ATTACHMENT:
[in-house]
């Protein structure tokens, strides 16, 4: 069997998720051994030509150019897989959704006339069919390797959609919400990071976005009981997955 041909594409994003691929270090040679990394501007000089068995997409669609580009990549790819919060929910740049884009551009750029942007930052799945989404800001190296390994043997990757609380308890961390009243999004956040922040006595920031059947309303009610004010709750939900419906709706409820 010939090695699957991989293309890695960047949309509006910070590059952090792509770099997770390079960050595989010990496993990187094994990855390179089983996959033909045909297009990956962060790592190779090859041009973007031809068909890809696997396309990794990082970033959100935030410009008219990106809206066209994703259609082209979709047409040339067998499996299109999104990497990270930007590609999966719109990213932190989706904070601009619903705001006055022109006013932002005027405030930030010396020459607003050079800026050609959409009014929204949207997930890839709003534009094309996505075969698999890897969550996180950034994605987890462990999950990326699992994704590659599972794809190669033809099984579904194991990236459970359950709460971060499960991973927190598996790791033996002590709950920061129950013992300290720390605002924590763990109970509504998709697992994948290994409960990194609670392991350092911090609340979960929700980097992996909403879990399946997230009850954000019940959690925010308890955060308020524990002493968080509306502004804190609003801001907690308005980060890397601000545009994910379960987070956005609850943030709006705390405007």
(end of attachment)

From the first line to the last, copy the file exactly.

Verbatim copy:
[in-house]
């Protein structure tokens, strides 16, 4: 069997998720051994030509150019897989959704006339069919390797959609919400990071976005009981997955 041909594409994003691929270090040679990394501007000089068995997409669609580009990549790819919060929910740049884009551009750029942007930052799945989404800001190296390994043997990757609380308890961390009243999004956040922040006595920031059947309303009610004010709750939900419906709706409820 010939090695699957991989293309890695960047949309509006910070590059952090792509770099997770390079960050595989010990496993990187094994990855390179089983996959033909045909297009990956962060790592190779090859041009973007031809068909890809696997396309990794990082970033959100935030410009008219990106809206066209994703259609082209979709047409040339067998499996299109999104990497990270930007590609999966719109990213932190989706904070601009619903705001006055022109006013932002005027405030930030010396020459607003050079800026050609959409009014929204949207997930890839709003534009094309996505075969698999890897969550996180950034994605987890462990999950990326699992994704590659599972794809190669033809099984579904194991990236459970359950709460971060499960991973927190598996790791033996002590709950920061129950013992300290720390605002924590763990109970509504998709697992994948290994409960990194609670392991350092911090609340979960929700980097992996909403879990399946997230009850954000019940959690925010308890955060308020524990002493968080509306502004804190609003801001907690308005980060890397601000545009994910379960987070956005609850943030709006705390405007």